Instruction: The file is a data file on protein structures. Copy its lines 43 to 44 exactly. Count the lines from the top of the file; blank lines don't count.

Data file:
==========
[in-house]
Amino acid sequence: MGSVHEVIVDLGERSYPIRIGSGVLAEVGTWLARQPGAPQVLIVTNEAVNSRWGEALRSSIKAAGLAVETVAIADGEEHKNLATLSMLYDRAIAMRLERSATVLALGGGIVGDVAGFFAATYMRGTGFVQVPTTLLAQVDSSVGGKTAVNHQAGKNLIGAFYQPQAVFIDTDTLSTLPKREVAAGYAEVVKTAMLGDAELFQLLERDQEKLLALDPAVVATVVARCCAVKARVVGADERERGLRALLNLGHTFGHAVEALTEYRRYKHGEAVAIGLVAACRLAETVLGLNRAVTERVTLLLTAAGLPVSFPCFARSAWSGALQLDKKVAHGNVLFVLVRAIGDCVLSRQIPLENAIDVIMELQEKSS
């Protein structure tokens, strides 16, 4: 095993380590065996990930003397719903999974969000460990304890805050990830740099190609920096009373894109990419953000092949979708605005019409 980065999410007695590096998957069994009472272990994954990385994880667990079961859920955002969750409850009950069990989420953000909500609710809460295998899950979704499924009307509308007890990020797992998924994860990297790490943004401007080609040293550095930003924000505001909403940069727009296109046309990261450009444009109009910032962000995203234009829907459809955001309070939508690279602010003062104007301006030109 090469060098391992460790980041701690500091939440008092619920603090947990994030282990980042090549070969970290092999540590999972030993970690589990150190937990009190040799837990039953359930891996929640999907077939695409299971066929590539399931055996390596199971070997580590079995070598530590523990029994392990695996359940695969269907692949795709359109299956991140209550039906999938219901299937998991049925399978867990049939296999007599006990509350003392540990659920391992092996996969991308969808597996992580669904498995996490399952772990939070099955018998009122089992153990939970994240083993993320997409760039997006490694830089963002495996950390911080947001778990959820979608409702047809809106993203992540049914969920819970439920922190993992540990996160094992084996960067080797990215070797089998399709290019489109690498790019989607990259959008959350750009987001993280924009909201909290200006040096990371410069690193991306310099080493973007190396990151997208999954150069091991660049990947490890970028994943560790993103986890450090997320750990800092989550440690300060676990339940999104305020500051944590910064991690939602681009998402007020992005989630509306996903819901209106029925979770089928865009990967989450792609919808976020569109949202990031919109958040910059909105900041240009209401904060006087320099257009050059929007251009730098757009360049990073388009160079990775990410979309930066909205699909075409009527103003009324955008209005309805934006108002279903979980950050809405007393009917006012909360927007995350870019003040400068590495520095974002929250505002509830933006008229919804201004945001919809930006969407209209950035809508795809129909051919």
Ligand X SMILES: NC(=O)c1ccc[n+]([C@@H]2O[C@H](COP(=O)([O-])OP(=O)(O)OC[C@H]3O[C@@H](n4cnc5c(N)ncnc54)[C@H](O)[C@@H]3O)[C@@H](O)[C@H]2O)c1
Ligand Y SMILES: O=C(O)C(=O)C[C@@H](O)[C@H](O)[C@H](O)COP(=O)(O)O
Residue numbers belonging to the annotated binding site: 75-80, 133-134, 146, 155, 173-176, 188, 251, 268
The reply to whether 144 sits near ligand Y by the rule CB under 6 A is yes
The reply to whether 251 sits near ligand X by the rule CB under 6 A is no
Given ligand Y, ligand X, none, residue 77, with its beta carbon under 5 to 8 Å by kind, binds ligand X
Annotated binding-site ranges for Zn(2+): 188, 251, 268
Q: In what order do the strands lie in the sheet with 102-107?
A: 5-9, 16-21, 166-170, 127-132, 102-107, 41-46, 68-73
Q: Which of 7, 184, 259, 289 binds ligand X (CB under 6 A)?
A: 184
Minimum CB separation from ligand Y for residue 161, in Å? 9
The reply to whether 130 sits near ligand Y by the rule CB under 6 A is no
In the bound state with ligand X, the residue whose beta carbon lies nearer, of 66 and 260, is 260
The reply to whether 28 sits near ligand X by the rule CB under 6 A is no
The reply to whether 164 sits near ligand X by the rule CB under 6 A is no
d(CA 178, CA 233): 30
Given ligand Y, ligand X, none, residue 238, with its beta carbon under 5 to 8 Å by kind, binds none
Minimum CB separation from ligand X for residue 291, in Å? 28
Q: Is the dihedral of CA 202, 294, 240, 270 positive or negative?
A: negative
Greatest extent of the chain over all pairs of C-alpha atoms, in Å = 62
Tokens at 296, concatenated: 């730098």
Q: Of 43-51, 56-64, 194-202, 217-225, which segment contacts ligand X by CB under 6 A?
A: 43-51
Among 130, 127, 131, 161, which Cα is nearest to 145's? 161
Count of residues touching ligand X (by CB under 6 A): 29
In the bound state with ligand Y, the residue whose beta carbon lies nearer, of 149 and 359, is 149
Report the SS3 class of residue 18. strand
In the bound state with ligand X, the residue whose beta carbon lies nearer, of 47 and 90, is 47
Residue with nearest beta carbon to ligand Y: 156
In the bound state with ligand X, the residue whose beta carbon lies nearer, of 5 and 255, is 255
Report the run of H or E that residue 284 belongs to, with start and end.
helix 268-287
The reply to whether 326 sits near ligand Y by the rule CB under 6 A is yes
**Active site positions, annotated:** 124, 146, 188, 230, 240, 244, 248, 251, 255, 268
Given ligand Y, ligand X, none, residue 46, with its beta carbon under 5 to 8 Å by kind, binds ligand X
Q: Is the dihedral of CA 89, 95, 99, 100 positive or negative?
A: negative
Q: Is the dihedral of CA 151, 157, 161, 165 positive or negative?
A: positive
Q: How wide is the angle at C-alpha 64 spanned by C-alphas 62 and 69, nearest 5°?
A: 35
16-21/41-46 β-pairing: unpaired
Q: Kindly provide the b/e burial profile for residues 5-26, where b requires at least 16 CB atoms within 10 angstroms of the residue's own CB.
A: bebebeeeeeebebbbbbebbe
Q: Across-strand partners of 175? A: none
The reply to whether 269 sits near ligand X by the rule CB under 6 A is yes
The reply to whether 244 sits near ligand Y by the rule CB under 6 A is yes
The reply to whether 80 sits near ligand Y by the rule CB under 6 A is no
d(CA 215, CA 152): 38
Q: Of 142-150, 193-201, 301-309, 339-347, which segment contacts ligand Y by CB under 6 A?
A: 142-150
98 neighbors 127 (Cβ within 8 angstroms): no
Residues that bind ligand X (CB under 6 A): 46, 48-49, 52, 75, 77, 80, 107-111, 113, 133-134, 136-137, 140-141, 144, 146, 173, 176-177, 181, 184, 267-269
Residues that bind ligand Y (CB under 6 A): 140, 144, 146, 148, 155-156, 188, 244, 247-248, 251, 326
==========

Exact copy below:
Q: Is the dihedral of CA 151, 157, 161, 165 positive or negative?
A: positive